The 211 helpline is available 24 hours a day, every day in more than 150 languages.

The 211 helpline is available 24 hours a day, every day in more than 150 languages.

BC 211 expects calls for support to increase as second wave continues across BC

Helpline is available 24 hours a day, every day

As the province continues its efforts to reduce the spread of COVID-19, a helpline dedicated to connecting people with community programs and services expects more people will be reaching out in search of support.

“We saw a spike in volume when the pandemic first hit, and as measures are taken to reduce the spread of the virus, we expect more people will be looking for help,” says Irene Chanin, Chief Executive Officer of BC 211.

211 is a helpline available 24 hours a day, every day in more than 150 languages.

When somebody calls, they are connected with a real person who will ask questions about their situation and then find the right programs and services. Sometimes it’s a senior remaining safe in their home but needing help accessing groceries, other times it’s a parent looking for help to pay bills after being laid off, or a young person looking for help to understand what government programs are available to them.

During a recent announcement about the expansion of 211 across the country, the honourable Ahmed Hussen, Minister of Families, Children and Social Development, echoed the importance of 211 during this unprecedented time.

“With the ongoing pandemic, the 211 service is more important than ever, helping get information about community services to the Canadians who need it,” Hussen said in a news release.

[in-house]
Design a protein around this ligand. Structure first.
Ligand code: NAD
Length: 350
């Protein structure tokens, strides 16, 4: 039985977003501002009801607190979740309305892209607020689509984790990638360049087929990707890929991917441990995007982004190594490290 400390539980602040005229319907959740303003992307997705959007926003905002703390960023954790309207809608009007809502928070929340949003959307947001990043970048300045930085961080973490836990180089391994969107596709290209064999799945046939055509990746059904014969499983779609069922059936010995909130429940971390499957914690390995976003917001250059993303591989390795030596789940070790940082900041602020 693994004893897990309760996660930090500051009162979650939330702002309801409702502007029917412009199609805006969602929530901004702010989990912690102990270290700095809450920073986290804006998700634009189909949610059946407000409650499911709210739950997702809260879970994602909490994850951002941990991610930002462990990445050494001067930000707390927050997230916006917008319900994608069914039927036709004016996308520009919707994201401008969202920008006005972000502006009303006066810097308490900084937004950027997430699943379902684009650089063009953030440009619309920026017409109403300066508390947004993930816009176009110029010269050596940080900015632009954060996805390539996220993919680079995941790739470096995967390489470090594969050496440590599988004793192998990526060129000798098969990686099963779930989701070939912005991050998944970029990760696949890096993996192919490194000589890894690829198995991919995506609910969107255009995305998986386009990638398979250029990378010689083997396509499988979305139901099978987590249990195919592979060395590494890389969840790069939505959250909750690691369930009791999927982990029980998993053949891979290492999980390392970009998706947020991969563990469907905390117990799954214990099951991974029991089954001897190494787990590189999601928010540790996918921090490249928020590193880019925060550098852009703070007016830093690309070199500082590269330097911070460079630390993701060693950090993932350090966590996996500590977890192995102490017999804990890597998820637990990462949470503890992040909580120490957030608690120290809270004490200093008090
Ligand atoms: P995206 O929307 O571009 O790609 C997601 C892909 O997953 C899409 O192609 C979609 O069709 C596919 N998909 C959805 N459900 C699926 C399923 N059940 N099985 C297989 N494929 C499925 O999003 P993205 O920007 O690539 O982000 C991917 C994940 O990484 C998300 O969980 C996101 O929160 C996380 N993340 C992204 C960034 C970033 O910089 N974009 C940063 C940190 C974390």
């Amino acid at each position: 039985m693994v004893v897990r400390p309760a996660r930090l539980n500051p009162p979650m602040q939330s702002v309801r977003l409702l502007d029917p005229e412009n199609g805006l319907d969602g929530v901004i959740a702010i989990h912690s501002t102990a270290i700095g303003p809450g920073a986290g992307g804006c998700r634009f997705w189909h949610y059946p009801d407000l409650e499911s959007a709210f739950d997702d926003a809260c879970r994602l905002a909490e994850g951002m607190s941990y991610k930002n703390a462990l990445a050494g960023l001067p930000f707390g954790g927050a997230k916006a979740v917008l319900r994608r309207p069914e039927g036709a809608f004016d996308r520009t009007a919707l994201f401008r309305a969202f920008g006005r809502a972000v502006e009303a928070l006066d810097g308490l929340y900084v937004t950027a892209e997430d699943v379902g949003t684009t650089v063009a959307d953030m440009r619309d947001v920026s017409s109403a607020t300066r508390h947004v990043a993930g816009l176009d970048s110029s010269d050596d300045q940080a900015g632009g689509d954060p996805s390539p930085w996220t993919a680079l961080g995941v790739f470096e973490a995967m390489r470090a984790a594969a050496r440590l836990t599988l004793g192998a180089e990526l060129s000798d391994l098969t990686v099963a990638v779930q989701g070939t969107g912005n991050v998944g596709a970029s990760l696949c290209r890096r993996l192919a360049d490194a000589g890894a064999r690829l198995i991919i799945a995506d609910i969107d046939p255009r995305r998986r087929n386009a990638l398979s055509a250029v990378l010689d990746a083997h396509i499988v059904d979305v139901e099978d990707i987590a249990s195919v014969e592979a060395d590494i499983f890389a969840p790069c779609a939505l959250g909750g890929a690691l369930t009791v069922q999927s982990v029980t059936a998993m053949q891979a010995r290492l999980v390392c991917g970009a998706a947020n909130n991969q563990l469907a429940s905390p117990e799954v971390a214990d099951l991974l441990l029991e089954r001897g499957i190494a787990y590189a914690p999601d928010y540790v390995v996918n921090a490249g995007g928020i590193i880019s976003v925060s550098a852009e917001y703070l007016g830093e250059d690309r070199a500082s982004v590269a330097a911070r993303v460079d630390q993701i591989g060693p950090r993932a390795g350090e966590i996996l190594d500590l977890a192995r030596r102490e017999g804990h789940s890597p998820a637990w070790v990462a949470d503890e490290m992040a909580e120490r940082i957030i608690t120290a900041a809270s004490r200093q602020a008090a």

Residents in even the smallest communities can find comfort in knowing that they don’t need to face problems alone.

“We live in a time where there is a vast amount of information at our fingertips, but sometimes wading through it all to find what you need can be overwhelming,” says Chanin. “211 Navigators can quickly and easily help you find the right service for your unique situation.”

Access this service today by dialling 2-1-1 or visiting bc211.ca

Health and wellness

Just Posted

Eighteen-year-old Aidan Webber died in a marine accident in 2019. He was a Canadian Junior BMX champion from Nanaimo. (Submitted)
Inadequate safety training a factor in teen BMX star’s workplace death in 2019

Aidan Webber was crushed by a barge at a fish farm near Port Hardy

Hecht Beach cabin in ashes. (Submitted)
Beloved secret cabin lost to fire on the North Island’s west coast

The trappers cabin was shared with locals, but kept mostly secret

An Atlantic salmon is seen during a Department of Fisheries and Oceans fish health audit at a fish farm near Campbell River, B.C. in 2018. Mowi Canada has applied to the Federal Court of Canada for a judicial review of the decision by Fisheries Minister Bernadette Jordan to phase out salmon farming in the Discovery Islands by June, 2022. (Canadian Press/Jonathan Hayward photo)
Major B.C. salmon farms seek court intervention in Discovery Islands ban

Fisheries minister is phasing out operations in the area by June 2022

Michelle Lau with donations that have already been contributed for families kept away from home due to the Town Park Apartments fire. (Zoe Ducklow Photo)
Fundraiser started for tenants left hanging after apartment fire